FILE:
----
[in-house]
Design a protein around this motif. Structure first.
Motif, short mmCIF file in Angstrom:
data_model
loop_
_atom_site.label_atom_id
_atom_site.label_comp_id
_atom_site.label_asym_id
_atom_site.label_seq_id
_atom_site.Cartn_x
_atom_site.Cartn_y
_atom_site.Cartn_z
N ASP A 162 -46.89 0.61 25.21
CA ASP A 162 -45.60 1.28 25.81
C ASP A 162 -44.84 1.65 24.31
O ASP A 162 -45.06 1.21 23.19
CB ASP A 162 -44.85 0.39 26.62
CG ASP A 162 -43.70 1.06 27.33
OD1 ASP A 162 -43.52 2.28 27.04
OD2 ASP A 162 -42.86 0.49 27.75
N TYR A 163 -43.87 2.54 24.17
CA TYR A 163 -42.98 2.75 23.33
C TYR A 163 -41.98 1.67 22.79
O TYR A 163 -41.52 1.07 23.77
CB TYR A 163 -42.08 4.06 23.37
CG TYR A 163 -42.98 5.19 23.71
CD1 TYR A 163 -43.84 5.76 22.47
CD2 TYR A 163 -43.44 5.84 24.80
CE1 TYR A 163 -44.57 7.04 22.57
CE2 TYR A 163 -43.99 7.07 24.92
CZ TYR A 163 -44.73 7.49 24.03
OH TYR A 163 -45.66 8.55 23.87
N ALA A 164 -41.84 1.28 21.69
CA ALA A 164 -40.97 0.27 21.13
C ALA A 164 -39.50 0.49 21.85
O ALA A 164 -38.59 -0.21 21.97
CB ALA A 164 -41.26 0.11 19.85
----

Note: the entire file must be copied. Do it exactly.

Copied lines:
[in-house]
Design a protein around this motif. Structure first.
Motif, short mmCIF file in Angstrom:
data_model
loop_
_atom_site.label_atom_id
_atom_site.label_comp_id
_atom_site.label_asym_id
_atom_site.label_seq_id
_atom_site.Cartn_x
_atom_site.Cartn_y
_atom_site.Cartn_z
N ASP A 162 -46.89 0.61 25.21
CA ASP A 162 -45.60 1.28 25.81
C ASP A 162 -44.84 1.65 24.31
O ASP A 162 -45.06 1.21 23.19
CB ASP A 162 -44.85 0.39 26.62
CG ASP A 162 -43.70 1.06 27.33
OD1 ASP A 162 -43.52 2.28 27.04
OD2 ASP A 162 -42.86 0.49 27.75
N TYR A 163 -43.87 2.54 24.17
CA TYR A 163 -42.98 2.75 23.33
C TYR A 163 -41.98 1.67 22.79
O TYR A 163 -41.52 1.07 23.77
CB TYR A 163 -42.08 4.06 23.37
CG TYR A 163 -42.98 5.19 23.71
CD1 TYR A 163 -43.84 5.76 22.47
CD2 TYR A 163 -43.44 5.84 24.80
CE1 TYR A 163 -44.57 7.04 22.57
CE2 TYR A 163 -43.99 7.07 24.92
CZ TYR A 163 -44.73 7.49 24.03
OH TYR A 163 -45.66 8.55 23.87
N ALA A 164 -41.84 1.28 21.69
CA ALA A 164 -40.97 0.27 21.13
C ALA A 164 -39.50 0.49 21.85
O ALA A 164 -38.59 -0.21 21.97
CB ALA A 164 -41.26 0.11 19.85